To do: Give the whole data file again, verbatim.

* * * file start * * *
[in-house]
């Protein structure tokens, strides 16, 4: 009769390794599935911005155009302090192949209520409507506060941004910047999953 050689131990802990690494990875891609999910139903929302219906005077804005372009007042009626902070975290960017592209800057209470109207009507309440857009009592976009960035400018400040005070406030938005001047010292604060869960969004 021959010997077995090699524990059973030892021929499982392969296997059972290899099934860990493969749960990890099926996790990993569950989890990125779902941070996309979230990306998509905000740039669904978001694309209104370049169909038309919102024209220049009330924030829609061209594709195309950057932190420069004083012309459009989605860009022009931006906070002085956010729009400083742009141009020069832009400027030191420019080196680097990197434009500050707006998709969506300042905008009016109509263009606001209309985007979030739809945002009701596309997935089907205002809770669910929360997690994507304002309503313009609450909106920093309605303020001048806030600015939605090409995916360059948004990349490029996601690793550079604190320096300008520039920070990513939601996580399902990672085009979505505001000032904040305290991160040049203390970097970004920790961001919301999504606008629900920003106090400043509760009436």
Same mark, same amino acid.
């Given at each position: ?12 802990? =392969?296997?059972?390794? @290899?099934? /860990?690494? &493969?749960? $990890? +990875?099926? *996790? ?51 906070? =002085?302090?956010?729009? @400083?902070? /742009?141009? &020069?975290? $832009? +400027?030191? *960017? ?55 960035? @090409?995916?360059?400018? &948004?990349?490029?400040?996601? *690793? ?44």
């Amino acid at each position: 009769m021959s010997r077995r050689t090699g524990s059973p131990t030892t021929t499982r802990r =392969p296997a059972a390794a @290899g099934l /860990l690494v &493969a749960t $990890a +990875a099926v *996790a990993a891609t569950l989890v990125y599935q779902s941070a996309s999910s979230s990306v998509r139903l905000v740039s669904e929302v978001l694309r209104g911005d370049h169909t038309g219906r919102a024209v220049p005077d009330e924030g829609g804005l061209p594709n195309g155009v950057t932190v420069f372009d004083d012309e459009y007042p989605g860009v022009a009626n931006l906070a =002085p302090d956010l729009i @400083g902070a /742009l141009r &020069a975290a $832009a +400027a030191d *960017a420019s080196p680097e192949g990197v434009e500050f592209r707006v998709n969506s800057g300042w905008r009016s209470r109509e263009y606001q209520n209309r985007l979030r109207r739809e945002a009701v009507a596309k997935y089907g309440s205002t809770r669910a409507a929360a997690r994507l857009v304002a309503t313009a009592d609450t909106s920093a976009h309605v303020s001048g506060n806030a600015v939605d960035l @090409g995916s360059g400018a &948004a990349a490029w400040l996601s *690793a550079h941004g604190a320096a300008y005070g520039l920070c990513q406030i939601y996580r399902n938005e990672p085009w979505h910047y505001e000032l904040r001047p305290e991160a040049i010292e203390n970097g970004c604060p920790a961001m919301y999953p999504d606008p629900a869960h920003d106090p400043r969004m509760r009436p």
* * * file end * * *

[in-house]
């Protein structure tokens, strides 16, 4: 009769390794599935911005155009302090192949209520409507506060941004910047999953 050689131990802990690494990875891609999910139903929302219906005077804005372009007042009626902070975290960017592209800057209470109207009507309440857009009592976009960035400018400040005070406030938005001047010292604060869960969004 021959010997077995090699524990059973030892021929499982392969296997059972290899099934860990493969749960990890099926996790990993569950989890990125779902941070996309979230990306998509905000740039669904978001694309209104370049169909038309919102024209220049009330924030829609061209594709195309950057932190420069004083012309459009989605860009022009931006906070002085956010729009400083742009141009020069832009400027030191420019080196680097990197434009500050707006998709969506300042905008009016109509263009606001209309985007979030739809945002009701596309997935089907205002809770669910929360997690994507304002309503313009609450909106920093309605303020001048806030600015939605090409995916360059948004990349490029996601690793550079604190320096300008520039920070990513939601996580399902990672085009979505505001000032904040305290991160040049203390970097970004920790961001919301999504606008629900920003106090400043509760009436």
Same mark, same amino acid.
């Given at each position: ?12 802990? =392969?296997?059972?390794? @290899?099934? /860990?690494? &493969?749960? $990890? +990875?099926? *996790? ?51 906070? =002085?302090?956010?729009? @400083?902070? /742009?141009? &020069?975290? $832009? +400027?030191? *960017? ?55 960035? @090409?995916?360059?400018? &948004?990349?490029?400040?996601? *690793? ?44």
């Amino acid at each position: 009769m021959s010997r077995r050689t090699g524990s059973p131990t030892t021929t499982r802990r =392969p296997a059972a390794a @290899g099934l /860990l690494v &493969a749960t $990890a +990875a099926v *996790a990993a891609t569950l989890v990125y599935q779902s941070a996309s999910s979230s990306v998509r139903l905000v740039s669904e929302v978001l694309r209104g911005d370049h169909t038309g219906r919102a024209v220049p005077d009330e924030g829609g804005l061209p594709n195309g155009v950057t932190v420069f372009d004083d012309e459009y007042p989605g860009v022009a009626n931006l906070a =002085p302090d956010l729009i @400083g902070a /742009l141009r &020069a975290a $832009a +400027a030191d *960017a420019s080196p680097e192949g990197v434009e500050f592209r707006v998709n969506s800057g300042w905008r009016s209470r109509e263009y606001q209520n209309r985007l979030r109207r739809e945002a009701v009507a596309k997935y089907g309440s205002t809770r669910a409507a929360a997690r994507l857009v304002a309503t313009a009592d609450t909106s920093a976009h309605v303020s001048g506060n806030a600015v939605d960035l @090409g995916s360059g400018a &948004a990349a490029w400040l996601s *690793a550079h941004g604190a320096a300008y005070g520039l920070c990513q406030i939601y996580r399902n938005e990672p085009w979505h910047y505001e000032l904040r001047p305290e991160a040049i010292e203390n970097g970004c604060p920790a961001m919301y999953p999504d606008p629900a869960h920003d106090p400043r969004m509760r009436p």